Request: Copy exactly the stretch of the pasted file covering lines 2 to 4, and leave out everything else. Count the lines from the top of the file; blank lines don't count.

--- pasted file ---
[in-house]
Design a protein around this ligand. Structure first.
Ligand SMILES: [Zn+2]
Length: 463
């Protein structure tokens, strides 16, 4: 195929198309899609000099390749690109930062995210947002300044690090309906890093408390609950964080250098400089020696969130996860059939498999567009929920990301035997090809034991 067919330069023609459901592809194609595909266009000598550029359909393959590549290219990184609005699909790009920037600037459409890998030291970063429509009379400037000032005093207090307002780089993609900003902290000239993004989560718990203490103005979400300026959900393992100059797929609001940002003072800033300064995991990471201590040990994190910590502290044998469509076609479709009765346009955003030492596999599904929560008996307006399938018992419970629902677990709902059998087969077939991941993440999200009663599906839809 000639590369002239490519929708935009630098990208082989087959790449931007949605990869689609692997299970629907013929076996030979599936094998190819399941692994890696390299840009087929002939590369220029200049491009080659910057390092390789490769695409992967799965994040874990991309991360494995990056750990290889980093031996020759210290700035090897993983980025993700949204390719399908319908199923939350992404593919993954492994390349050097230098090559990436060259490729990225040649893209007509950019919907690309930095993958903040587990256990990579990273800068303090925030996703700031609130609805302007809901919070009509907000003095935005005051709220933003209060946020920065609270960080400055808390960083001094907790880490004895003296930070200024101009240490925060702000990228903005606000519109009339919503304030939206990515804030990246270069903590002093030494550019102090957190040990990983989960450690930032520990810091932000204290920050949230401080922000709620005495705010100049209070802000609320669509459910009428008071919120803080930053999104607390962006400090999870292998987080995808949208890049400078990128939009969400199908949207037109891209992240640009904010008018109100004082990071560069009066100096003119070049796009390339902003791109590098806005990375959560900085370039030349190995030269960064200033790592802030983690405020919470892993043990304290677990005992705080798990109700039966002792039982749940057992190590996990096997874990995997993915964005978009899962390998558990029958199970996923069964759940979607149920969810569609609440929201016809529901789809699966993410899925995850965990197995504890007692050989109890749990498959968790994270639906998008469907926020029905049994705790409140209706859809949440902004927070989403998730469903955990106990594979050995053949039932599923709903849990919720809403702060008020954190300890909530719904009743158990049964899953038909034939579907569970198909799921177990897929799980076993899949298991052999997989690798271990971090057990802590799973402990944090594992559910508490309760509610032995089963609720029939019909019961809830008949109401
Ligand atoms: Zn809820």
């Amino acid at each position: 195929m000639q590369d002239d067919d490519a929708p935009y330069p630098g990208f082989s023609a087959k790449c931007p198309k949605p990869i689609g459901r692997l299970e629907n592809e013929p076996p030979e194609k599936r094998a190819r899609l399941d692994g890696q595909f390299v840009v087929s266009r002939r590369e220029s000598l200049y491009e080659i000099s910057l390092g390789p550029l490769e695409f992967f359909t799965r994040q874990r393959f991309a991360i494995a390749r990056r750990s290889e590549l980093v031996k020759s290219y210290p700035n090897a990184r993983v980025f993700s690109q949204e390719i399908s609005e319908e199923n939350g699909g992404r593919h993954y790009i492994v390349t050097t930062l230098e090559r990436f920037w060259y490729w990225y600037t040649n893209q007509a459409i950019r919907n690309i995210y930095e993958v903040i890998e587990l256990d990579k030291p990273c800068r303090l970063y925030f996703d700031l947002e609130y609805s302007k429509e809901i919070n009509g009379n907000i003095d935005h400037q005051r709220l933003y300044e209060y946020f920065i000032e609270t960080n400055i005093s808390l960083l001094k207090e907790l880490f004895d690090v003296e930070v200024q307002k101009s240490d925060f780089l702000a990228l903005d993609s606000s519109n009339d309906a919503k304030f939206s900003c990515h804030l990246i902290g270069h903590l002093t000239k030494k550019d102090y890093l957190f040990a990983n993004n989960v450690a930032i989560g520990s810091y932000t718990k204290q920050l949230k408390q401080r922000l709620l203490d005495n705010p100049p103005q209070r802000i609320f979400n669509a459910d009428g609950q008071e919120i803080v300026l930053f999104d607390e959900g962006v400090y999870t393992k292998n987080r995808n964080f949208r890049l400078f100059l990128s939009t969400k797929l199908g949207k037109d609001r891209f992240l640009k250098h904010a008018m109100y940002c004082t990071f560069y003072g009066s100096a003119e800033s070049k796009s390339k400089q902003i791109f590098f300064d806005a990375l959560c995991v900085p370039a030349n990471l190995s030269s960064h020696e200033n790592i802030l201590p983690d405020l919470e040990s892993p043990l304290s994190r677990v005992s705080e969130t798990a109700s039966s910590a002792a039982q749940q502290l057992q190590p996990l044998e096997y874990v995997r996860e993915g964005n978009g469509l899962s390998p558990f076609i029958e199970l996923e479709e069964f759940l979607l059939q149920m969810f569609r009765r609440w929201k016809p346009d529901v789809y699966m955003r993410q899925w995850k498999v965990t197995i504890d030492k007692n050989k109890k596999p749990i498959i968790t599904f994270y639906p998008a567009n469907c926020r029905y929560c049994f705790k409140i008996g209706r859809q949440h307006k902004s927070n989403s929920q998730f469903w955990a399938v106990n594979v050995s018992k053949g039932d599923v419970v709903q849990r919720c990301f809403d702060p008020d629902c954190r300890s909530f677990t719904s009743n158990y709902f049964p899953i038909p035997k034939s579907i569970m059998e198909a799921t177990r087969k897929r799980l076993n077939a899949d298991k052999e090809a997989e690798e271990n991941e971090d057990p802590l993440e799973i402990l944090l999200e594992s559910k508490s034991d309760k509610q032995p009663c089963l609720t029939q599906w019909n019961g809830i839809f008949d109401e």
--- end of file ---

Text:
Design a protein around this ligand. Structure first.
Ligand SMILES: [Zn+2]
Length: 463